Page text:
Outer hair cells have a special function within the cochlea. They are shaped cylindrically, like a can, and have stereocilia at the top of the cell, and a nucleus at the bottom. When the stereocilia are bent in response to a sound wave, an electromotile response occurs. This means the cell changes in length. So, with every sound wave, the cell shortens and then elongates. This pushes against the tectoral membrane, selectively amplifying the vibration of the basilar membrane. This allows us to hear very quiet sounds.
When you are exposed to loud music or noise, it is your hair cells which are damaged. Hearing loss occurs because loud sounds are really just large pressure waves (like when you stand next to a subwoofer and can "feel" the bass). These large pressure waves bend the stereocilia too far, sometimes to the point where they are damaged. This kills the hair cell. Since cochlear hair cells can not grow back, this manifests as a permanent hearing loss.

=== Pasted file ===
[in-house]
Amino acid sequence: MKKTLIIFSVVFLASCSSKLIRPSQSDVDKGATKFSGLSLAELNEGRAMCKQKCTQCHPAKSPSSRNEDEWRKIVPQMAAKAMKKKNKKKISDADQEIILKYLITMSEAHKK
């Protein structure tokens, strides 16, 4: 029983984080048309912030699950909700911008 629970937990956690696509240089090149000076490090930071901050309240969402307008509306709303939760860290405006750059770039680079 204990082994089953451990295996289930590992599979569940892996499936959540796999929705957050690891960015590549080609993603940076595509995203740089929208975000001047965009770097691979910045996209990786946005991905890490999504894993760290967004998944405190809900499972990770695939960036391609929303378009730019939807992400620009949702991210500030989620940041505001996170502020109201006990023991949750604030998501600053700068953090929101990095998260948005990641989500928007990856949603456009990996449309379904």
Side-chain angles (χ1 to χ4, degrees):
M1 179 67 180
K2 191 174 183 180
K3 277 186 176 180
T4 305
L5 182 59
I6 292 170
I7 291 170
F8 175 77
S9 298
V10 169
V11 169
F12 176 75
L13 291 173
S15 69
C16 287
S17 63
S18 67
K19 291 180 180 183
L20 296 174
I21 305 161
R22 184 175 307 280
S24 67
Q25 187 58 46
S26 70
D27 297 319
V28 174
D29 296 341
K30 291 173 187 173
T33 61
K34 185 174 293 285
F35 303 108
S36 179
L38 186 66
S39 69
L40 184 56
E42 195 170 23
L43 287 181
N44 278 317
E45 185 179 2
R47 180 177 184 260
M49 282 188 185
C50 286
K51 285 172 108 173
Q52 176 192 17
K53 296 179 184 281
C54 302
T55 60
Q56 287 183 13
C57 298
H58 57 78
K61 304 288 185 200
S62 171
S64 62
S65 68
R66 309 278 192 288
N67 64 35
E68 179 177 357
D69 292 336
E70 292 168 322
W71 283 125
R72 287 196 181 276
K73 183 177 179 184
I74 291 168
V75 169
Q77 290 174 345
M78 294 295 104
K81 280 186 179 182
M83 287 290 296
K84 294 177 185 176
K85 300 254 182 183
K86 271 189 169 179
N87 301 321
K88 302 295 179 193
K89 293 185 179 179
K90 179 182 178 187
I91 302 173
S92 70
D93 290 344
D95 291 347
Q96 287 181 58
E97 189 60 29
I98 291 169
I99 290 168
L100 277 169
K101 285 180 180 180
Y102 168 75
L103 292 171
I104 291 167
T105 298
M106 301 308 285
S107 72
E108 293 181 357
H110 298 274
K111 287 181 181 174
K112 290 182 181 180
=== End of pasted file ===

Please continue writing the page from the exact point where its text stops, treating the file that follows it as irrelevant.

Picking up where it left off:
This is just a simple explanation of very complex processes which occur during the process of hearing. For more information, we recommend two websites: National Institute on Deafness and Other Communication Disorders (National Institutes of Health) and the Department of Neurophysiology at the University of Wisconsin - Madison.
Project supported by research grants from the Hearing Health Foundation, and the National Institutes of Health DC00354, DC02775 (to William E. Brownell) from NIDCD. Illustrations by Carl Clingman.
Learn more about: How the Ear Works | Outer Hair Cells: Images